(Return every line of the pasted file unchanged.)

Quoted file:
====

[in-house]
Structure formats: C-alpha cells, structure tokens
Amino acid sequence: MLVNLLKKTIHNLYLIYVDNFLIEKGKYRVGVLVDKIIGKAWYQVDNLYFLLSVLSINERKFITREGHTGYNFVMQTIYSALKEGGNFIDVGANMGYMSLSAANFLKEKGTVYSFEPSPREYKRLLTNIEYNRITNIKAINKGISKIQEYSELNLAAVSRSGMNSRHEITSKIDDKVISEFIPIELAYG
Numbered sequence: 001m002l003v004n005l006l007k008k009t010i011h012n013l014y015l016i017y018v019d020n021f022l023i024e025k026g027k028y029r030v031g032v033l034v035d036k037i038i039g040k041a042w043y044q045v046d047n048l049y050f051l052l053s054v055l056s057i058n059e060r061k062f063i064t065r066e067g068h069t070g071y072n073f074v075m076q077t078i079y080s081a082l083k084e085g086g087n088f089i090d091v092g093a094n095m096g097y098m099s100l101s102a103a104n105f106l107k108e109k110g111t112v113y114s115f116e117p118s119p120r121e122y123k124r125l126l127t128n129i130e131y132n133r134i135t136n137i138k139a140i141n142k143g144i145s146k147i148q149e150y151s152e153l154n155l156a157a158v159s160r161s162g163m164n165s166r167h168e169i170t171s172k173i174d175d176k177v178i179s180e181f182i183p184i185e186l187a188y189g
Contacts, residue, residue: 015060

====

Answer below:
[in-house]
Structure formats: C-alpha cells, structure tokens
Amino acid sequence: MLVNLLKKTIHNLYLIYVDNFLIEKGKYRVGVLVDKIIGKAWYQVDNLYFLLSVLSINERKFITREGHTGYNFVMQTIYSALKEGGNFIDVGANMGYMSLSAANFLKEKGTVYSFEPSPREYKRLLTNIEYNRITNIKAINKGISKIQEYSELNLAAVSRSGMNSRHEITSKIDDKVISEFIPIELAYG
Numbered sequence: 001m002l003v004n005l006l007k008k009t010i011h012n013l014y015l016i017y018v019d020n021f022l023i024e025k026g027k028y029r030v031g032v033l034v035d036k037i038i039g040k041a042w043y044q045v046d047n048l049y050f051l052l053s054v055l056s057i058n059e060r061k062f063i064t065r066e067g068h069t070g071y072n073f074v075m076q077t078i079y080s081a082l083k084e085g086g087n088f089i090d091v092g093a094n095m096g097y098m099s100l101s102a103a104n105f106l107k108e109k110g111t112v113y114s115f116e117p118s119p120r121e122y123k124r125l126l127t128n129i130e131y132n133r134i135t136n137i138k139a140i141n142k143g144i145s146k147i148q149e150y151s152e153l154n155l156a157a158v159s160r161s162g163m164n165s166r167h168e169i170t171s172k173i174d175d176k177v178i179s180e181f182i183p184i185e186l187a188y189g
Contacts, residue, residue: 015060